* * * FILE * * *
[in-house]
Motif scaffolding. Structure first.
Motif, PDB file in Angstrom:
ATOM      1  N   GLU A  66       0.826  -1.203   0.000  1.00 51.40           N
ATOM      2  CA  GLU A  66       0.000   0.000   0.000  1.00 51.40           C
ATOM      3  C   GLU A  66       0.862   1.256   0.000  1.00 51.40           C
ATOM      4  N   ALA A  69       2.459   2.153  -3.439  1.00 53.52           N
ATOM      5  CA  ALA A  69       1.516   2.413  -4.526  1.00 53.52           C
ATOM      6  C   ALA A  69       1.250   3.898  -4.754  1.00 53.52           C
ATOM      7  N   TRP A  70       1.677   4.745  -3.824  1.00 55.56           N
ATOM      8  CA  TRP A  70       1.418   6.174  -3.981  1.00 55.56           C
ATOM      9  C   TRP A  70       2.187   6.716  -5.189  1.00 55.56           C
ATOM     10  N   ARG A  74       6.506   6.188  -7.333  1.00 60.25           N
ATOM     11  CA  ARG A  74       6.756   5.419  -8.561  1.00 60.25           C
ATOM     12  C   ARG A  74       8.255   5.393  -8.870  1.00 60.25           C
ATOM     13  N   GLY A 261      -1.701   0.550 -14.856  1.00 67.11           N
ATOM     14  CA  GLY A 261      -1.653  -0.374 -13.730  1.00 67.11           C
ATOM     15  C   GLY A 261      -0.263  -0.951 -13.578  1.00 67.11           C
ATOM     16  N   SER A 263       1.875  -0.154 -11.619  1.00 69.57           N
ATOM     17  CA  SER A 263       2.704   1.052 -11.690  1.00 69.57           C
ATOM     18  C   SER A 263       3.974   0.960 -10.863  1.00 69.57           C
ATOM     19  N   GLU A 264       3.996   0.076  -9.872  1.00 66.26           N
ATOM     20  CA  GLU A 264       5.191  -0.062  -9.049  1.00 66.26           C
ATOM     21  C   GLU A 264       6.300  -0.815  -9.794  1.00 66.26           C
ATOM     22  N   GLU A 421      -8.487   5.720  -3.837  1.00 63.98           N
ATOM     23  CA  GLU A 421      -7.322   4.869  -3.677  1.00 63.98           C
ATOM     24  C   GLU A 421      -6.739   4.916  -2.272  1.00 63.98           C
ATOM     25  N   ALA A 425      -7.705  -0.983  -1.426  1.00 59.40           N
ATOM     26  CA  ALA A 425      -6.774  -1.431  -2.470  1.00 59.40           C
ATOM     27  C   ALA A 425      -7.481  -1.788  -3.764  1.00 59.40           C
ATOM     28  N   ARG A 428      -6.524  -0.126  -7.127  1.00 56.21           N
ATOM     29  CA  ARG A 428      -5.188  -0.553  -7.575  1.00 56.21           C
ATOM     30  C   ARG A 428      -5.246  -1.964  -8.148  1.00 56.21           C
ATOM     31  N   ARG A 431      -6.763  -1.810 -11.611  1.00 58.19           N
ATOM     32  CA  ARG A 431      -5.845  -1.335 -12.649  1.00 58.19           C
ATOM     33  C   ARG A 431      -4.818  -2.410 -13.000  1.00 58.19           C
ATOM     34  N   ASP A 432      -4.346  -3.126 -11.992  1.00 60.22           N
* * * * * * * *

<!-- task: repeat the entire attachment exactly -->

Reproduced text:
[in-house]
Motif scaffolding. Structure first.
Motif, PDB file in Angstrom:
ATOM      1  N   GLU A  66       0.826  -1.203   0.000  1.00 51.40           N
ATOM      2  CA  GLU A  66       0.000   0.000   0.000  1.00 51.40           C
ATOM      3  C   GLU A  66       0.862   1.256   0.000  1.00 51.40           C
ATOM      4  N   ALA A  69       2.459   2.153  -3.439  1.00 53.52           N
ATOM      5  CA  ALA A  69       1.516   2.413  -4.526  1.00 53.52           C
ATOM      6  C   ALA A  69       1.250   3.898  -4.754  1.00 53.52           C
ATOM      7  N   TRP A  70       1.677   4.745  -3.824  1.00 55.56           N
ATOM      8  CA  TRP A  70       1.418   6.174  -3.981  1.00 55.56           C
ATOM      9  C   TRP A  70       2.187   6.716  -5.189  1.00 55.56           C
ATOM     10  N   ARG A  74       6.506   6.188  -7.333  1.00 60.25           N
ATOM     11  CA  ARG A  74       6.756   5.419  -8.561  1.00 60.25           C
ATOM     12  C   ARG A  74       8.255   5.393  -8.870  1.00 60.25           C
ATOM     13  N   GLY A 261      -1.701   0.550 -14.856  1.00 67.11           N
ATOM     14  CA  GLY A 261      -1.653  -0.374 -13.730  1.00 67.11           C
ATOM     15  C   GLY A 261      -0.263  -0.951 -13.578  1.00 67.11           C
ATOM     16  N   SER A 263       1.875  -0.154 -11.619  1.00 69.57           N
ATOM     17  CA  SER A 263       2.704   1.052 -11.690  1.00 69.57           C
ATOM     18  C   SER A 263       3.974   0.960 -10.863  1.00 69.57           C
ATOM     19  N   GLU A 264       3.996   0.076  -9.872  1.00 66.26           N
ATOM     20  CA  GLU A 264       5.191  -0.062  -9.049  1.00 66.26           C
ATOM     21  C   GLU A 264       6.300  -0.815  -9.794  1.00 66.26           C
ATOM     22  N   GLU A 421      -8.487   5.720  -3.837  1.00 63.98           N
ATOM     23  CA  GLU A 421      -7.322   4.869  -3.677  1.00 63.98           C
ATOM     24  C   GLU A 421      -6.739   4.916  -2.272  1.00 63.98           C
ATOM     25  N   ALA A 425      -7.705  -0.983  -1.426  1.00 59.40           N
ATOM     26  CA  ALA A 425      -6.774  -1.431  -2.470  1.00 59.40           C
ATOM     27  C   ALA A 425      -7.481  -1.788  -3.764  1.00 59.40           C
ATOM     28  N   ARG A 428      -6.524  -0.126  -7.127  1.00 56.21           N
ATOM     29  CA  ARG A 428      -5.188  -0.553  -7.575  1.00 56.21           C
ATOM     30  C   ARG A 428      -5.246  -1.964  -8.148  1.00 56.21           C
ATOM     31  N   ARG A 431      -6.763  -1.810 -11.611  1.00 58.19           N
ATOM     32  CA  ARG A 431      -5.845  -1.335 -12.649  1.00 58.19           C
ATOM     33  C   ARG A 431      -4.818  -2.410 -13.000  1.00 58.19           C
ATOM     34  N   ASP A 432      -4.346  -3.126 -11.992  1.00 60.22           N